"Mana" as a Magical Resource Atribute

One of my players suggested using “Mana” as an Atribute, used to power any type of magic.
Mana would start out as the average of Will and Perception plus one if either stat is grey-shade (Mana would be black-shade) if both stats are grey then Mana would grey-shade average (no plus one bonus).
In practice: mana would count as an emotional attribute that would be tested instead of Forte for spell tax. It would be used instead of Will to power your spells and would advance like any other attribute. The physical manifestations of higher mana would depend upon the types of magic used and could be anything from spirit marks to demonic features. Upon reaching exponent ten your physical being falls away while your mana is released into the world (you assent) or the powers you have been trading with finally come to collect their due (not assention, definitely not assention! ).
Instead of taxing themselves unconscious, mages just tax their ability to use magic both to cast and power their spells. Sustaining a spell would temporarily lower your mana instead of your will and recovering taxed dice would still work the same way.

You’re centralizing magical power and making magic require far fewer stats. And you’re removing the dangers of Forte tax. This is a huge boost with no downsides and I very much dislike it.

It is more like using “Faith” to cast spells, isn’t it? (Except for using the sorcery skill to control it).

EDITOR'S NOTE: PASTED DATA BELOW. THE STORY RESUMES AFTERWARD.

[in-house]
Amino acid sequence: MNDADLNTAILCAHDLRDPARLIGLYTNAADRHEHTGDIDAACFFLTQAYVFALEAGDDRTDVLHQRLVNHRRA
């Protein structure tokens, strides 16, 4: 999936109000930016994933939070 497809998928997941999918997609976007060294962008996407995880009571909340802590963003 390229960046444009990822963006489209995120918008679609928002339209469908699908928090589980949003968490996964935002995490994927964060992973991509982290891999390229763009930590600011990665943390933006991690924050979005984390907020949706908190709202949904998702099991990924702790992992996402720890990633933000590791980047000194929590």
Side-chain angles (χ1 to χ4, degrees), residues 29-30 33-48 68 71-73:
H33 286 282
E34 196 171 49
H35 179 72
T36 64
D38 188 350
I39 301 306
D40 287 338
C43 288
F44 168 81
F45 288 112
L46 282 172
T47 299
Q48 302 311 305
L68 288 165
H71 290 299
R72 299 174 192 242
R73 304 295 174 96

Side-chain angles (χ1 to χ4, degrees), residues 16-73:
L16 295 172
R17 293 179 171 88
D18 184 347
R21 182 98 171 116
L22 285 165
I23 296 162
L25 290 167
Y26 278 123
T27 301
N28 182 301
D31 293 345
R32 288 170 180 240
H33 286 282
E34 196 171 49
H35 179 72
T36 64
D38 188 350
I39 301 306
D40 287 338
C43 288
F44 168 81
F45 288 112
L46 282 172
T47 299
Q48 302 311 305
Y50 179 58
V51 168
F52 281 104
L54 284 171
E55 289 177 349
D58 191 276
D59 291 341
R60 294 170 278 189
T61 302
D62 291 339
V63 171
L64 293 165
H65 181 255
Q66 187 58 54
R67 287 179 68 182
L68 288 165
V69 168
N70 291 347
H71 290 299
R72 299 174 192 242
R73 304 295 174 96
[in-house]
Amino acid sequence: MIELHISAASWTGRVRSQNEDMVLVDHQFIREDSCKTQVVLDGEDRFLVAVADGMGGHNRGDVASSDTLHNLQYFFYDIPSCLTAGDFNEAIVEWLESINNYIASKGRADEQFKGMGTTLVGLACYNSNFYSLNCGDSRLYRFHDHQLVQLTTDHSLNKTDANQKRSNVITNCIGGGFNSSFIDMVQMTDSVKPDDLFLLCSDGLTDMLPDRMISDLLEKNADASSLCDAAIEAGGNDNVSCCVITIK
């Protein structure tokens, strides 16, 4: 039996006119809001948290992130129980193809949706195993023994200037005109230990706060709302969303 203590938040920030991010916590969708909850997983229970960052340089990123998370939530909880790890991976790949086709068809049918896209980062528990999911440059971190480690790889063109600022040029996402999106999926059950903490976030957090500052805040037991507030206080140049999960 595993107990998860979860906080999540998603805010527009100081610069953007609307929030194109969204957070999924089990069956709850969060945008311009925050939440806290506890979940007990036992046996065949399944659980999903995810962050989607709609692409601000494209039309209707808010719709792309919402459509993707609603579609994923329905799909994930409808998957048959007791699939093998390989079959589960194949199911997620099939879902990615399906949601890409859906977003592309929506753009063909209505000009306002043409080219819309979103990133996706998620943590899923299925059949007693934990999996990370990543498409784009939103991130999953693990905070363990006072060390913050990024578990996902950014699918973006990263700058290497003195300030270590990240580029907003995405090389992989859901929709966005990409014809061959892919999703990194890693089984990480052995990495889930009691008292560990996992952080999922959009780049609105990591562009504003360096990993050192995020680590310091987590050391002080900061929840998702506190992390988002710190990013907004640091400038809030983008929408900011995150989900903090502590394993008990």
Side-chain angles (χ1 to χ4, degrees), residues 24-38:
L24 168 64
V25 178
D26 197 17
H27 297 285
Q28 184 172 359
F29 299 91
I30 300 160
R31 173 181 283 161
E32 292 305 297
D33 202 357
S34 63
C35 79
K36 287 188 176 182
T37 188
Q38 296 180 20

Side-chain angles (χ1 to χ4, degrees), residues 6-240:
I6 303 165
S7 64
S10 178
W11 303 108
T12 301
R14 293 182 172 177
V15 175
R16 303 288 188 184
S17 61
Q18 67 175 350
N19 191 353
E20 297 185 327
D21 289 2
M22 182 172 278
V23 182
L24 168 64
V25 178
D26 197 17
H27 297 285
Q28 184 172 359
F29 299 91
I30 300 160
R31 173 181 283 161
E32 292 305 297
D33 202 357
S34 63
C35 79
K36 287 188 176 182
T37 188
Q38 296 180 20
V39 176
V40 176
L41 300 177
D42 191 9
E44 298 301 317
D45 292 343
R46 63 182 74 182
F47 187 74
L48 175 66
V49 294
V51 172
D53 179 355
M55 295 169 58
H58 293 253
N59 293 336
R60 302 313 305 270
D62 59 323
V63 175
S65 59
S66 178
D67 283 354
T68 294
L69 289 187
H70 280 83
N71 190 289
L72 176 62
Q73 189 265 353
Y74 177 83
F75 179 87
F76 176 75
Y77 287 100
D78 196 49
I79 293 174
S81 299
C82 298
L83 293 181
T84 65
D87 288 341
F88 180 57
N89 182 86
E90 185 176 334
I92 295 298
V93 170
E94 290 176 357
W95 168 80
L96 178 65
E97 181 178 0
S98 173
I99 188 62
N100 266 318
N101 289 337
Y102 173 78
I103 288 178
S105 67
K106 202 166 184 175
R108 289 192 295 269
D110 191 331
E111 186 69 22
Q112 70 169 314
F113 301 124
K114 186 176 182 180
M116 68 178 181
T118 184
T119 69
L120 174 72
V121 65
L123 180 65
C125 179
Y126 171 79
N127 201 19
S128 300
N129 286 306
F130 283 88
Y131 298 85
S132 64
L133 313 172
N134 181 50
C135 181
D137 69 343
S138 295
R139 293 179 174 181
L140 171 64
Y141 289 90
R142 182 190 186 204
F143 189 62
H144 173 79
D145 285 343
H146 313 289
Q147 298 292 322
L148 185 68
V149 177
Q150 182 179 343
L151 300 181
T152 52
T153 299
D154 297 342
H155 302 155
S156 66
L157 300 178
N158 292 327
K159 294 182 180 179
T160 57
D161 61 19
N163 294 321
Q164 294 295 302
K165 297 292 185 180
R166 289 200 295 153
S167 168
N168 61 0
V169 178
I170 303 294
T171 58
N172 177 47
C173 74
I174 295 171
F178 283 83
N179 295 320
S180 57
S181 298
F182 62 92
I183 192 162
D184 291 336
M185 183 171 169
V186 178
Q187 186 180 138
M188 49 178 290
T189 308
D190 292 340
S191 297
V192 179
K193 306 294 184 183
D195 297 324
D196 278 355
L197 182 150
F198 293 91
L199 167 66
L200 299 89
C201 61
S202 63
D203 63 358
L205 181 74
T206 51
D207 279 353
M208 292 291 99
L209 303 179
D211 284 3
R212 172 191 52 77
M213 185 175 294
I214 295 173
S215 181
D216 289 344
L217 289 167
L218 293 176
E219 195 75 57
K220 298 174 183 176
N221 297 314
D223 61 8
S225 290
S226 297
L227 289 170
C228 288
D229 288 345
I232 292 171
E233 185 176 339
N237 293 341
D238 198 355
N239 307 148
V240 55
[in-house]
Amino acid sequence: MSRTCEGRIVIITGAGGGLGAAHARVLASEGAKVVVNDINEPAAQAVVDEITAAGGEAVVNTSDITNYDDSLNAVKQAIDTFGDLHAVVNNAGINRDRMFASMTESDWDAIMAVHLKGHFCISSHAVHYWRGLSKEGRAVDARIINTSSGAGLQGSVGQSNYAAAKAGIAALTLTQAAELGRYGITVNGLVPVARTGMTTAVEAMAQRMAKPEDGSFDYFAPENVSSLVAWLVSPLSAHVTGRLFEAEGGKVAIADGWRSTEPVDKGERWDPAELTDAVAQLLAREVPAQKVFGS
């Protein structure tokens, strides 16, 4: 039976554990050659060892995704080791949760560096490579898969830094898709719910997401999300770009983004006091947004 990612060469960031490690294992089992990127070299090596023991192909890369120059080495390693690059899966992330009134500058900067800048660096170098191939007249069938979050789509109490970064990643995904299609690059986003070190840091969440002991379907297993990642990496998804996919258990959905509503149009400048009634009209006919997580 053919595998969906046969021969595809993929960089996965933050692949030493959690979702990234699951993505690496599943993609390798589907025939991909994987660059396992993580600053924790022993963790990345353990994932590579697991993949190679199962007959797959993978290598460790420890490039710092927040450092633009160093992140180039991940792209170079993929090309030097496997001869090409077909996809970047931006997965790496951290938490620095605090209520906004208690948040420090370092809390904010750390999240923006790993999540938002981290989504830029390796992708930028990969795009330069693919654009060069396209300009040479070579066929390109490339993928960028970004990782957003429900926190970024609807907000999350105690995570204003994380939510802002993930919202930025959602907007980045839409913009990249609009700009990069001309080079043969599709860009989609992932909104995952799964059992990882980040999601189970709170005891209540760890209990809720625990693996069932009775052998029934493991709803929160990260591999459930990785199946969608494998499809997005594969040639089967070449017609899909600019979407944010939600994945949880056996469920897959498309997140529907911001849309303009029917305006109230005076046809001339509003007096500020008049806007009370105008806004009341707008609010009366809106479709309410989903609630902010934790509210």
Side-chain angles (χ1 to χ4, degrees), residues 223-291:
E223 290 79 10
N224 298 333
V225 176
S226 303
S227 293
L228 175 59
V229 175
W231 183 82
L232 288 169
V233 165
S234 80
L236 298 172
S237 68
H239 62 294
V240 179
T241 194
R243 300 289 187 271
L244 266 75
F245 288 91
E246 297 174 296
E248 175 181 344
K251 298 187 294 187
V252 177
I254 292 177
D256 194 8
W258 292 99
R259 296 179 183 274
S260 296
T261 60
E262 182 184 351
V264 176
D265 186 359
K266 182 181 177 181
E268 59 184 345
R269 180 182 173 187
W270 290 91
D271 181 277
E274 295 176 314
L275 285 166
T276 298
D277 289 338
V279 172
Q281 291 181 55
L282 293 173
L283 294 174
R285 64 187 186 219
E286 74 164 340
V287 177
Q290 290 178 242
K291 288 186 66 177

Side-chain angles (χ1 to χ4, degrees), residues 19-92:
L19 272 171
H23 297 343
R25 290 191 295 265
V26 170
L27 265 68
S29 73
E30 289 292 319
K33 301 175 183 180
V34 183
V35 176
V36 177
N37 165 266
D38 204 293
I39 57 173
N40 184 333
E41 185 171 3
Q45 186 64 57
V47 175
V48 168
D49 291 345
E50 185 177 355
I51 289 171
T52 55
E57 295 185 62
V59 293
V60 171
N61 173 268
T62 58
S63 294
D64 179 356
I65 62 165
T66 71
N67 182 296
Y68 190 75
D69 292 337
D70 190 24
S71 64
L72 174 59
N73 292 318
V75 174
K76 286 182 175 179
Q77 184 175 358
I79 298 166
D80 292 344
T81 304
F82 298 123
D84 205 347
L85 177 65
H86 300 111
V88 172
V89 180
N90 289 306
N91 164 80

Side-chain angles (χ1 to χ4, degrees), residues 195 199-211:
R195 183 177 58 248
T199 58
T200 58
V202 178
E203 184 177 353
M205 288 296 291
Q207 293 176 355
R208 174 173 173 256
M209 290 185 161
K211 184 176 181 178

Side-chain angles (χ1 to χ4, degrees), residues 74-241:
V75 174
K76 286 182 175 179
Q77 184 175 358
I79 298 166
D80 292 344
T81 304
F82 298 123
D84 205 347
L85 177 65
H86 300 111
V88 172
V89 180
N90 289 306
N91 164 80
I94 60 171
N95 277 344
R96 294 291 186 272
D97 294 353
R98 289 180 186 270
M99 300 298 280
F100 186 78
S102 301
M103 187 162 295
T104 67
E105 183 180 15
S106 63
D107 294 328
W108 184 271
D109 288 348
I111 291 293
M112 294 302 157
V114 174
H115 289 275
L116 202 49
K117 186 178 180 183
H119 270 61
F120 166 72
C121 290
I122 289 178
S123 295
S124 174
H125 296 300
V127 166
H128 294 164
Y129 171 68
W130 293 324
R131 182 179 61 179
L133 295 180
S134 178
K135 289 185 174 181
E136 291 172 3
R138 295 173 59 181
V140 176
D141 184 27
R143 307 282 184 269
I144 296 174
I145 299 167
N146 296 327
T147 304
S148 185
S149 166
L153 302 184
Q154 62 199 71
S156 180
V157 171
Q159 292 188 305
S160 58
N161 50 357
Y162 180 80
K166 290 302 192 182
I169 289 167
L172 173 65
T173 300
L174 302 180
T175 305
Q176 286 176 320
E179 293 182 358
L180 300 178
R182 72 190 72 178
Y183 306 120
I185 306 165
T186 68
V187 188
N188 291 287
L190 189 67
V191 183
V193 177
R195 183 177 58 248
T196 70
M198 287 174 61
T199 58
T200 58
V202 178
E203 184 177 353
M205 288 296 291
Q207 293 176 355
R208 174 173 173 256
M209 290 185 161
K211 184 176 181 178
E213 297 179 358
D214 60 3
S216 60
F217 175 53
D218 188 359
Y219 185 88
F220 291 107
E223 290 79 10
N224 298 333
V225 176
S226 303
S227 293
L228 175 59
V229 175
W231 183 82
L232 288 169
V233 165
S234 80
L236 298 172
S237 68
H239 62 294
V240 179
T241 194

It does limit the effect of having a high Will and Presence (although Mana is based on the average of both mental stats) and failing a spell tax reduces your reserves for other spells instead of your Forte (as well as the power behind those spell as the lower the mana the lower the mark damage) so there are consequences built in for failure, just not the same ones.

Interesting idea, but as Wayfarer implies, a reduced forte has the narrative and game effect of exhausting the magician physically. A sorcerer sans mama is just out of mana but isn’t actually exhausted or even tired.

It is nothing like Faith.

Mana limits the effect of Will and Forte on magic, and it limits the effects of Tax. There are consequences, but they are reduced. Sorcery doesn’t need to have fewer consequences. My prediction is that this change would have bad effects on the game and I would forbid it out of hand at my table.

I’m sure it would require substantial play testing to see its true impact, and it does treat magic more like a renewable resource rather than something that could drain and kill the mage. I do like the idea that, just like using Faith Magic, your character begins to manifest physical signs in accordance to the kind of spells he casts.

True. But he is in the same boat as an archer who has run out of arrows or a fighter without his weapon, he must make do without.

This attribute would be incredibly easy to game. It’s very easy to set your own difficulty for tax tests, and triple dipping like this would just encourage it further.

Aesthetically I also prefer not to have a single concentrated ability like this. It’s my biggest complaint about Faith, actually.

The obstacles would be the same as they are for sorcery, and unlike faith, you still are rolling the sorcery skill to cast a spell. The mana dice are rolled to resist the spell tax (and are reduced by failed tax roll). Your spell damage is based upon the strength of your mana rather than the strength of your will. Mana dice are tested by spell tax obstacles and so would require some very high Ob spells to get a challenging test (most mana exponents would start at B4 or B5), so I don’t see it becoming a runaway attribute.
I’m not sure I know what you mean by triple dipping.

By triple dipping I mean you have one ability that is useful in three (or more) distinct, synergistic ways. One advancement track gets you better at all of them at the same time. You’re also guaranteed to have a steady supply of tests to spend artha on.